Power Of Plants: 5 Things You’ll Want To Remember (And Tell Everyone You Know) About Quinoa
From the Andean mountains to outer space (really), this seed-come-cereal-come-grain is pretty special indeed – keep reading to discover why we’re obsessed.
There are three main types of tasty and nutritious quinoa: white, red and black (all pronounced Keen-Wah). Let’s see why this food is far more significant than you might think at first glance.
1. The ancient history of quinoa
The recent surge in popularity that quinoa has seen in western cooking over the past 15 years could forgive you in thinking it’s a recent ‘discovery’. In reality, it’s been growing in its native South America for around five thousand years.
The crop, which has been welcomed into the larger grain family as a naturally gluten-free cousin, is technically more of a seed as it’s cultivated from the flowering quinoa plant of the Amaranth family. It isn’t hard to imagine that quinoa is an especially hardy and undemanding crop when you learn its native home ranges from the high altitude of the Andes right across the vast, and often freezing, planes of Bolivia and Peru right up to the western coastline.
The plant has been protected by the Andean people through the millennia; through Inca and European invasions and the changing world, but it has remained a staple and reliable food source for the inhabitants of its extreme natural environment.
The UN General Assembly recognised the crop’s sheer significance and named 2013 the ‘International Year of Quinoa’. This was in respect of the ancestral practices of the Andean people, namely the Quechua and Aymara descendants that have preserved the food for today, and tomorrow’s generations by understanding how to live in harmony with nature.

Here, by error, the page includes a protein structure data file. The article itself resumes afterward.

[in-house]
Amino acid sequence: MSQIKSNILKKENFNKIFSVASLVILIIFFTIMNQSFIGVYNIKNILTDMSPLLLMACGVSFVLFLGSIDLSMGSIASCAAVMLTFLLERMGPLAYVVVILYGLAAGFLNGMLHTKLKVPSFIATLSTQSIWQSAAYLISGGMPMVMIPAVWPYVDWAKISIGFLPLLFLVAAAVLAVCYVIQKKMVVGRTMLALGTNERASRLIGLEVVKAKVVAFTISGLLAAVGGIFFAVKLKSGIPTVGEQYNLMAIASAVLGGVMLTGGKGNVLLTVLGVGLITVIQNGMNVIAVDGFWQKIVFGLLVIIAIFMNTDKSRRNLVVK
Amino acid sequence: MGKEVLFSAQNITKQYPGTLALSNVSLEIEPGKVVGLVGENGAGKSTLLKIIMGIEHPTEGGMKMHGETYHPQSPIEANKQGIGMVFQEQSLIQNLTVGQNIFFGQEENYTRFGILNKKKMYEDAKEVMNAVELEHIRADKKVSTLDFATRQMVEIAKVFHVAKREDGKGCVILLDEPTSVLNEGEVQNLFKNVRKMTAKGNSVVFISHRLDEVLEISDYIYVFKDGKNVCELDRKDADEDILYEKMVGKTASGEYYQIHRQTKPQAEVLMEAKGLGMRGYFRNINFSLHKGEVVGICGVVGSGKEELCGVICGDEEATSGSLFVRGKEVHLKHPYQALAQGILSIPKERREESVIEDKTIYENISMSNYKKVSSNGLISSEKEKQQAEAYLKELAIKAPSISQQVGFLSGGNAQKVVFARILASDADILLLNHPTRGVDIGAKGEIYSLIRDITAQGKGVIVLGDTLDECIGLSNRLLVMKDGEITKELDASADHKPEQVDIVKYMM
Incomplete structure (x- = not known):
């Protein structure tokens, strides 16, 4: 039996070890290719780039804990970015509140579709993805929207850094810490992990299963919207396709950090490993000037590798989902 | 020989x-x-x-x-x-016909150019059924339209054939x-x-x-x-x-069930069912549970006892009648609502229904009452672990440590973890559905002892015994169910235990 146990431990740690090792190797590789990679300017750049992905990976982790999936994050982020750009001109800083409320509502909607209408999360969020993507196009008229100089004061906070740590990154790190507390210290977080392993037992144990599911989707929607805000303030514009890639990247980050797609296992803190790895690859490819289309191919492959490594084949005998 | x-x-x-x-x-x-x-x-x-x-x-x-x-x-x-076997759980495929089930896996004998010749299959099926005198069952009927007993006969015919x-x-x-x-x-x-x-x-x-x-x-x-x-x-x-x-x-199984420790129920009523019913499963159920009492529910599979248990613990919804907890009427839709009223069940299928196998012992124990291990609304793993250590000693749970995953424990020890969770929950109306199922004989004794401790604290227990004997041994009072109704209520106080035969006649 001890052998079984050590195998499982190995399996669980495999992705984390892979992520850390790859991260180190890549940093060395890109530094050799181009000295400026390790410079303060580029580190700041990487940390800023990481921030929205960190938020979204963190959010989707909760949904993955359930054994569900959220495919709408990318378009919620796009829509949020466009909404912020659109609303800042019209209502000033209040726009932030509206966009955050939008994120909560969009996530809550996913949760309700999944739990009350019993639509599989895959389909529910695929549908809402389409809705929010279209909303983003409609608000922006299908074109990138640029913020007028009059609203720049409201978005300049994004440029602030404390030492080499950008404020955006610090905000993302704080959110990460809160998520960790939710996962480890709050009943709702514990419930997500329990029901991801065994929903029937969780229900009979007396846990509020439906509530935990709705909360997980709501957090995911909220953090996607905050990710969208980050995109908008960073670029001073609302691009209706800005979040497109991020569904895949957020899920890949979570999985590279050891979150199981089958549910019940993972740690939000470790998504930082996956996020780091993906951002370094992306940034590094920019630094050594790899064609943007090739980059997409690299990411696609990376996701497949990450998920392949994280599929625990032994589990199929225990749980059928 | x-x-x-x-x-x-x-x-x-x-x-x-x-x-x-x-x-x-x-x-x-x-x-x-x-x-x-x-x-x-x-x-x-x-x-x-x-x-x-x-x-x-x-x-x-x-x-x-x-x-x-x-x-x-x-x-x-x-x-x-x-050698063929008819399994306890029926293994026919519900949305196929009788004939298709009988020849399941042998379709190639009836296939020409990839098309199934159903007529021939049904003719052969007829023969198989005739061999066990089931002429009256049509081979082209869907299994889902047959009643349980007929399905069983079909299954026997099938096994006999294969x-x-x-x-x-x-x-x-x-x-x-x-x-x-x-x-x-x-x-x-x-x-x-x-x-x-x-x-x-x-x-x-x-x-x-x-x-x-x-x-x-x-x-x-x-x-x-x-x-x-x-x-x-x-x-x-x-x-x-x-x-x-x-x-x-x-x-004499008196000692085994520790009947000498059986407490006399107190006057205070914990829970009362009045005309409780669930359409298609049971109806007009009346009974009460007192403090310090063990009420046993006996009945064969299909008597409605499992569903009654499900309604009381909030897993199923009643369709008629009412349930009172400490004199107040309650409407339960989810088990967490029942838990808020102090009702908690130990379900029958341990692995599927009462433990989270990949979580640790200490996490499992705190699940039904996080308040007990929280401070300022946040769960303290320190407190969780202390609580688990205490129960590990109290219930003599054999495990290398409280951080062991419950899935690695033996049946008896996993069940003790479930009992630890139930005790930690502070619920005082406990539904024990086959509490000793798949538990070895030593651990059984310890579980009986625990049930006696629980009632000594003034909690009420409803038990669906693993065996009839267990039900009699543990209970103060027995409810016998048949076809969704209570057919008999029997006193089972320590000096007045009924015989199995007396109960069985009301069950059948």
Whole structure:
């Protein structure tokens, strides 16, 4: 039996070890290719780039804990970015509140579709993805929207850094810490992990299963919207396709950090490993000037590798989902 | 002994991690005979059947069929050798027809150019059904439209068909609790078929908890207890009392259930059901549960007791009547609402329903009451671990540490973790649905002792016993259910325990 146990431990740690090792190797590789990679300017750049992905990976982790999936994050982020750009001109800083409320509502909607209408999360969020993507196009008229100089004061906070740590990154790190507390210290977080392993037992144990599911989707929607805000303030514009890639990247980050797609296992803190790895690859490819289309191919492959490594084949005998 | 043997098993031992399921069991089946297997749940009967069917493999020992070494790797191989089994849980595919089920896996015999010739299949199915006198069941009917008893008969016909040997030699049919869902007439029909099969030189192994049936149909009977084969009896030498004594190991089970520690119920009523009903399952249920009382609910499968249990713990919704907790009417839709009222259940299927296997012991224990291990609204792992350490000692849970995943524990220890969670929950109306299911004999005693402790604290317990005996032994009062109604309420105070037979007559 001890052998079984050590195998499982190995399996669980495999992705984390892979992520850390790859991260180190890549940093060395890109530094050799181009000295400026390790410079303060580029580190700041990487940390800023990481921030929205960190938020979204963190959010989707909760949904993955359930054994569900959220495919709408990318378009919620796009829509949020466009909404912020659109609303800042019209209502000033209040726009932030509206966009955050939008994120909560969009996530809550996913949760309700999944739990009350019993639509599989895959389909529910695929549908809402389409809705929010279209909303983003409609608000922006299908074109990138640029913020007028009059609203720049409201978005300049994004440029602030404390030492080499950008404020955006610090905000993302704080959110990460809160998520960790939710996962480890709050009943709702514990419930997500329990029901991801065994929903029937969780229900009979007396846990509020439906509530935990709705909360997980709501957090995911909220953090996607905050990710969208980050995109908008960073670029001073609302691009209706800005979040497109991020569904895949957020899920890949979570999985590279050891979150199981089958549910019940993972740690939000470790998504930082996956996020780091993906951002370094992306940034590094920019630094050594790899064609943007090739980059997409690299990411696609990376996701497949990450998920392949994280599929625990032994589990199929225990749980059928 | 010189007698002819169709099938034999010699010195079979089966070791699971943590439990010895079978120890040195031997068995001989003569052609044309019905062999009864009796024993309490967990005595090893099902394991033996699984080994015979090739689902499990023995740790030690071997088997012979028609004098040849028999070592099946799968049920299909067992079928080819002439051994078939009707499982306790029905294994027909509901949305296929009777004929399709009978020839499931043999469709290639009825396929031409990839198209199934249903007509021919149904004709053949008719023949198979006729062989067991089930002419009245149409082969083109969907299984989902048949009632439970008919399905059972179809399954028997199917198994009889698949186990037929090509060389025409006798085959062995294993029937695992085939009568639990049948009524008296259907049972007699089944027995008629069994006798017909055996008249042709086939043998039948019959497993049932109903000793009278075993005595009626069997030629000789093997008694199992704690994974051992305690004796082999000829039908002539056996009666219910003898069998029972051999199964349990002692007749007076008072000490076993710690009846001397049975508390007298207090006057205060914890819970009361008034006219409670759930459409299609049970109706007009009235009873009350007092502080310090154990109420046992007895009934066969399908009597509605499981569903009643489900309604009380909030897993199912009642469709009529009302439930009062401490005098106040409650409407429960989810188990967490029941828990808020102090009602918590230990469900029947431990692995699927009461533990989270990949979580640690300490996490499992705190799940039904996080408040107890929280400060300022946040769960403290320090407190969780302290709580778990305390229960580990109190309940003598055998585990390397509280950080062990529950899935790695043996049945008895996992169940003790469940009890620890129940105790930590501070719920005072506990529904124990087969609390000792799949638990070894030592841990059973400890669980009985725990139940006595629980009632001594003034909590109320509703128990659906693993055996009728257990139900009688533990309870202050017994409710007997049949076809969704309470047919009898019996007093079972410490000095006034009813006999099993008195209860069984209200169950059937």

2. How quinoa could provide global food security
A secondary aim of the UN naming 2013 as quinoa’s year was to let the world know that this ancient crop could play a massive part in tackling global food security in the near future.
Photo credits: Popular Science
The successful expansion of the crop to other parts of the world over the last 40 years has led to the plant being heralded a potential saviour for global food security, due to its essential nutrition and potential to see the eradication of poverty. The agricultural versatility of quinoa is especially relevant in regions of the world where crop cultivation is limited by high altitude, low humidity, the volume of arable land and communities who have a significant lack of protein in their diets.
This is a real success story for quinoa considering the crop was almost lost forever during the Spanish invasions of South America in the early 1500s. Along with small numbers of indigenous people, quinoa remained safe and protected in the highest and most hidden parts of the Andes. In an effort to remove all traces of Incan culture, Explorer Francisco Pizarro destroyed all the quinoa fields his soldiers could find. In these secret parts of the mountains, quinoa stayed hidden, protected and cultivated until it was reintroduced to the modern world in the 1970s.
3. Quinoa’s nutritional superpowers
It’s even caught the attention of astronauts and has been labelled as a suitable crop to grow in outer space for its varied nutritional content and ease of cultivation and cooking (not to mention tasty if they’ve tried our Golden Sesame Satay).
According to Healthline, the nutrient content in 185 grams of cooked quinoa equals 222 calories, 39 grams of carbohydrates, 4 grams of fat and small amounts of omega-3 fatty acids. As well as:
- 8 grams of protein (around twice the amount for the same weight of rice)
- 5 grams of fibre
- 58% of the recommended daily allowance of manganese
- 30% for magnesium
- 28% for phosphorus
- 19% for folate
- 18% for copper
- 15% for iron
- 13% for zinc
- 9% for potassium